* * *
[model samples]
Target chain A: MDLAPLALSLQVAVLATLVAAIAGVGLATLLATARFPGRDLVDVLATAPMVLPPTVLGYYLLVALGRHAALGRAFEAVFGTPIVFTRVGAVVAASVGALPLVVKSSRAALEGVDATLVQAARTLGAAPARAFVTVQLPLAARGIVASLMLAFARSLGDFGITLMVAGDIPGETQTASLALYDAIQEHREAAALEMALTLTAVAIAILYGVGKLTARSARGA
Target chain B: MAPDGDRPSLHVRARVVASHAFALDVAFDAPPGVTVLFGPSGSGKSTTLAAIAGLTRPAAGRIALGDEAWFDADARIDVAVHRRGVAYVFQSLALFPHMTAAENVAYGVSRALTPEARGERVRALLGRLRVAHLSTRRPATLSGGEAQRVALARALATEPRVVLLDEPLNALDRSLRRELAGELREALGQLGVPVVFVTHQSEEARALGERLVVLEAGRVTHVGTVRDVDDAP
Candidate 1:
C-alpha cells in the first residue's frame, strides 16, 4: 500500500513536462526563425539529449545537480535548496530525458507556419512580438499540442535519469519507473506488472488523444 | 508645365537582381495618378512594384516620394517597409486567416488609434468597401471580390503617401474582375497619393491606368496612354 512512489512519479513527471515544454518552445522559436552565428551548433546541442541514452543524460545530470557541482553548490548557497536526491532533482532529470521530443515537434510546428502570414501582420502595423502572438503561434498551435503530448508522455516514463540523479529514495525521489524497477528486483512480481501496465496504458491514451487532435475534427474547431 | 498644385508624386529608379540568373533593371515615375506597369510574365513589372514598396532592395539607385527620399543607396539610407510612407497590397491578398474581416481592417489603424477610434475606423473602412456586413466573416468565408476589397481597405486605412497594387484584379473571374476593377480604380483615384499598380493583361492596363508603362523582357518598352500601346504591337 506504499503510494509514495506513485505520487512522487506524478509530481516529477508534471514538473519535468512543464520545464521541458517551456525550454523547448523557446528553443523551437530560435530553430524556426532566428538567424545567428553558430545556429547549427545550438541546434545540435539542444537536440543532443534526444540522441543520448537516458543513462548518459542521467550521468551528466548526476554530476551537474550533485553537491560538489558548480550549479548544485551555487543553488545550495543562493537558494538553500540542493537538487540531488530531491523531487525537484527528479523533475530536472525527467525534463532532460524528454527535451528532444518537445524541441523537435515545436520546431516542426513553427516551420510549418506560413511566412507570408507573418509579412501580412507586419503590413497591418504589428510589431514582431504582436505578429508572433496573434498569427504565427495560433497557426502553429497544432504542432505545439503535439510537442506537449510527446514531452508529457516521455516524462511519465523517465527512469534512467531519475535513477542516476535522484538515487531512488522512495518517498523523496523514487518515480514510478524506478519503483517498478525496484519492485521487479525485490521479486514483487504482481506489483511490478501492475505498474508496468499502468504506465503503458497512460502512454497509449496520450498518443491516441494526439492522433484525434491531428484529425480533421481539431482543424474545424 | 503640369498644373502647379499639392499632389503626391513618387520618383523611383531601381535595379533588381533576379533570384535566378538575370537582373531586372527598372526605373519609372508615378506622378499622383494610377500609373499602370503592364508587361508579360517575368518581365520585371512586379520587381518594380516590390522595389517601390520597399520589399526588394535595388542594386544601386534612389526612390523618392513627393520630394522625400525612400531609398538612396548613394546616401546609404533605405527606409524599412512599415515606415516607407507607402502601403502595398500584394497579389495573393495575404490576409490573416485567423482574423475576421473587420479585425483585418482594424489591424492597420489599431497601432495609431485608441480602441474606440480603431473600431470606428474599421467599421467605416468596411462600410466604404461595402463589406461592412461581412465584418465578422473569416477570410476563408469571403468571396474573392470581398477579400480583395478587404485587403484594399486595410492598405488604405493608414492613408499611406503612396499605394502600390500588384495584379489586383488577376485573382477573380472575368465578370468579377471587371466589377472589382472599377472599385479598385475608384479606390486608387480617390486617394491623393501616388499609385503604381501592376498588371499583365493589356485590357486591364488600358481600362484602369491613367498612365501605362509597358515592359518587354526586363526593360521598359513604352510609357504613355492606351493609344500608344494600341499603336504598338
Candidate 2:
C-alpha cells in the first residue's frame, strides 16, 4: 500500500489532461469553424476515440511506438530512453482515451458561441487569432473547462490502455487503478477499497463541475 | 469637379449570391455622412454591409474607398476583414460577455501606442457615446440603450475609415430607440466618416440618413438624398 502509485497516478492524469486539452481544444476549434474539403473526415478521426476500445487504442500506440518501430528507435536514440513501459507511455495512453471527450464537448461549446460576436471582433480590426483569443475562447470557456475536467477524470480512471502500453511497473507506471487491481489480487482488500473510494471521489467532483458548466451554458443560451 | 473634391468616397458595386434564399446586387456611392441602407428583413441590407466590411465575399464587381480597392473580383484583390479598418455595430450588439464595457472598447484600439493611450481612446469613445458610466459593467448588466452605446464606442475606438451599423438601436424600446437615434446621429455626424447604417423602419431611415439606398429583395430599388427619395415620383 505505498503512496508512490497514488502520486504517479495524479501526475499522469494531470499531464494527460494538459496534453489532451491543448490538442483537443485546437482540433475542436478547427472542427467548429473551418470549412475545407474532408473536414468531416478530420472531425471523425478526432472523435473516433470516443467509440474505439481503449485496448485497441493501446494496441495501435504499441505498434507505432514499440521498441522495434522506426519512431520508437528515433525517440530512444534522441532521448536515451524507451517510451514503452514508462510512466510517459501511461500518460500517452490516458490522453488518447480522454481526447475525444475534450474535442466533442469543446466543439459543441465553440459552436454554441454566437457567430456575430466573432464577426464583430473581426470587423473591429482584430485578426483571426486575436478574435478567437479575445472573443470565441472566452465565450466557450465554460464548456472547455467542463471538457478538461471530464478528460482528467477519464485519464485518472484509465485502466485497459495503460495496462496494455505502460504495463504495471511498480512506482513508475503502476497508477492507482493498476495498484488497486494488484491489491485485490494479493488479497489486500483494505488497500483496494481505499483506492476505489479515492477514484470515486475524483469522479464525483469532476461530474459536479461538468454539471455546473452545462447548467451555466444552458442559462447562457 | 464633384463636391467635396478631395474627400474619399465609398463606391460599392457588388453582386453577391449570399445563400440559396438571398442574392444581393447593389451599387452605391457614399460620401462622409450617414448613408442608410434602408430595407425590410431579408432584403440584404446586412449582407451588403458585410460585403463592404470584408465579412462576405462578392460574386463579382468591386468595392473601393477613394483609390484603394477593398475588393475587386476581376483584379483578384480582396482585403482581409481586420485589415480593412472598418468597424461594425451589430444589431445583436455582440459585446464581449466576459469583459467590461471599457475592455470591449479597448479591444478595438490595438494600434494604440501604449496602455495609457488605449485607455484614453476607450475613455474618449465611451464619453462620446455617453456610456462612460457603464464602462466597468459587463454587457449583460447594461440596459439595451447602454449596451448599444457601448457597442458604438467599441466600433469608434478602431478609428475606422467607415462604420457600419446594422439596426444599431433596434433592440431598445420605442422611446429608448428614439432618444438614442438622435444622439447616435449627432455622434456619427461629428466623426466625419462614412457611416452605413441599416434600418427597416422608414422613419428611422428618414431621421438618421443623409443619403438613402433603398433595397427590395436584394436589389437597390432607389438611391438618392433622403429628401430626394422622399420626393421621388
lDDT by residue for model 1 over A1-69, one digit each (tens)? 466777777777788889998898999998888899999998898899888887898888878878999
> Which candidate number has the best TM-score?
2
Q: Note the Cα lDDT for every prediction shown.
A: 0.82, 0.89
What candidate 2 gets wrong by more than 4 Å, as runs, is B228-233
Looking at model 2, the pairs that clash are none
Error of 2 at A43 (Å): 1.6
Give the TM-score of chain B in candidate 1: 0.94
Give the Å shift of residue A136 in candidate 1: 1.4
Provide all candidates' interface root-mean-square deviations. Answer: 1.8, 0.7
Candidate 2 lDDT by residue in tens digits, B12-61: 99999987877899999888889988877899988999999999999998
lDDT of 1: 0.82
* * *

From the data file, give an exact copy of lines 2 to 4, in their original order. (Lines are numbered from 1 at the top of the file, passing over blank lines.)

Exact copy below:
Target chain A: MDLAPLALSLQVAVLATLVAAIAGVGLATLLATARFPGRDLVDVLATAPMVLPPTVLGYYLLVALGRHAALGRAFEAVFGTPIVFTRVGAVVAASVGALPLVVKSSRAALEGVDATLVQAARTLGAAPARAFVTVQLPLAARGIVASLMLAFARSLGDFGITLMVAGDIPGETQTASLALYDAIQEHREAAALEMALTLTAVAIAILYGVGKLTARSARGA
Target chain B: MAPDGDRPSLHVRARVVASHAFALDVAFDAPPGVTVLFGPSGSGKSTTLAAIAGLTRPAAGRIALGDEAWFDADARIDVAVHRRGVAYVFQSLALFPHMTAAENVAYGVSRALTPEARGERVRALLGRLRVAHLSTRRPATLSGGEAQRVALARALATEPRVVLLDEPLNALDRSLRRELAGELREALGQLGVPVVFVTHQSEEARALGERLVVLEAGRVTHVGTVRDVDDAP
Candidate 1: